Your data is everywhere, but is it actionable?

This is just one example of how data can be collected from the edge to the cloud. There are some major interconnected ideas here.

Your data is everywhere: Almost every computer or server Internet of Things device, telephone, factory system, branch office system, cash register, vehicle, software-as-a-service application, and network management system are constantly generating data. Some of them are deleted when new data is created. Some of them accumulate until storage devices become clogged due to overuse. Some of them are located in the cloud services for each login account you have.

Your data is isolated: Most of these systems do not talk to each other. In fact, data management often takes the form of discovering which data can be deleted to make way for more to be collected. While some systems have data exchange APIs, most are not used (and some are overused). When my dad complained about some local business, my dad liked to use the phrase “the left hand doesn’t know what the right hand is doing.” When data is isolated, the organization is just like that.

Ideas come when connecting multiple inputs: While it is possible to subject a single data set to comprehensive analysis and come up with insights, you are more likely to see trends when you can correlate data from one source with data from other sources. We have previously shown how factory floor temperature has a distant, but measurable, relationship to the volume of returns in stores across the country.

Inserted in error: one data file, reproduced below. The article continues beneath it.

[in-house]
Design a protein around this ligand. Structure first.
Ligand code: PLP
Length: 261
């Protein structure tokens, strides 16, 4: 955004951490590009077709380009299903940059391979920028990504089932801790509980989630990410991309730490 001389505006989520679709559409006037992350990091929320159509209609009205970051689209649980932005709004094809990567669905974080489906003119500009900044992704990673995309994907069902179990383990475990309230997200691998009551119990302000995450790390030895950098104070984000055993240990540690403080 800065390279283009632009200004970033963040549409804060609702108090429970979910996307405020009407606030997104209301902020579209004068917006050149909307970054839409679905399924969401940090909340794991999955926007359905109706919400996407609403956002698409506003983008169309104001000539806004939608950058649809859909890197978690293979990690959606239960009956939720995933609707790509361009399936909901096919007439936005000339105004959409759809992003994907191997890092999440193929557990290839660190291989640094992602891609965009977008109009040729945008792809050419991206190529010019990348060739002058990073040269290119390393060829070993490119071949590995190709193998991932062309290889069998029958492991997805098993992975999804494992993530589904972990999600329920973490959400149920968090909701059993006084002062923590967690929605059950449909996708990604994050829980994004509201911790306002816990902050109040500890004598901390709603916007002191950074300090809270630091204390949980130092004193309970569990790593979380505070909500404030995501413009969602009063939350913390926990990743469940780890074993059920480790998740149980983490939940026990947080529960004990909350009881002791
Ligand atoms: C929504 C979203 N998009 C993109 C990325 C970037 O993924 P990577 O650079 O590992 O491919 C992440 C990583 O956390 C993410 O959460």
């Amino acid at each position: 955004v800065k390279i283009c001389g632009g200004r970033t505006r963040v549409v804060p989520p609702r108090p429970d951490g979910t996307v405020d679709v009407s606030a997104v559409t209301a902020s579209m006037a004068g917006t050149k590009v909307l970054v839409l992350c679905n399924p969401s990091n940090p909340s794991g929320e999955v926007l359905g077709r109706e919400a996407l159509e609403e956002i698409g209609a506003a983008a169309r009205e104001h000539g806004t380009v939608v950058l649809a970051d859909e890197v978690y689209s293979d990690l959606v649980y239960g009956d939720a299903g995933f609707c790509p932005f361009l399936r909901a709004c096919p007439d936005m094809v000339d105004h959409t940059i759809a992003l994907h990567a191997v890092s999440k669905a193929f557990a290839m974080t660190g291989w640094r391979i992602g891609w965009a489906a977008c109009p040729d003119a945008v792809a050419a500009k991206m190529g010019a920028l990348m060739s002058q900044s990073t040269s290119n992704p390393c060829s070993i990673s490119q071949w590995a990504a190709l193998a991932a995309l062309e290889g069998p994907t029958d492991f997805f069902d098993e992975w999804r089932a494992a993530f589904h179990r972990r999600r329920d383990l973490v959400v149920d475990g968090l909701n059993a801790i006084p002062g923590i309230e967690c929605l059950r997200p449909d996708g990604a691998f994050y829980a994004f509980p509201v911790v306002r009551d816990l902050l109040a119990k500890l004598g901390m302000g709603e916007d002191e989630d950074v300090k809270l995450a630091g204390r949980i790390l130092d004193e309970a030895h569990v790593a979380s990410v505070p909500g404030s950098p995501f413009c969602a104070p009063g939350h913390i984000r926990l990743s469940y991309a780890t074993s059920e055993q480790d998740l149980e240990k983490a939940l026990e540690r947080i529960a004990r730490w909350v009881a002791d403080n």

To do this, all of this data must be available across your organization: But these connections and observations are only possible when analysts (both human and AI) can access many data sources to see what stories they all tell.

Making data usable and turning it into intelligence

The challenge, then, is to make all that data usable, collect it, and then process it into actionable intelligence. To do this, there are four things to keep in mind.

The first is Travel. The data must have a mechanism to move from all these sophisticated devices, cloud services, servers, etc. to a place where it can be disposed of, or collage. Terms like “data lake” and “data store” describe this concept of data aggregation, even though the actual storage of the data may be quite scattered.

also: Edge-to-cloud powered digital transformation is seen in this scenario for a large retailer

These two issues, data storage and data movement both require considerations Safety And verdict. Moving data and unstable data must be protected from unauthorized access, while simultaneously making all of that data available to analysts and tools that can mine the data for opportunities. Similarly, data management can be problematic, because data that is generated in one geographic location may have government or tax issues if it is moved to a new location.

And finally, the fourth factor to consider is analysis. It should be stored in a way that is accessible for analysis, adequately updated, properly indexed, and carefully organized.

Nice introduction to data refresh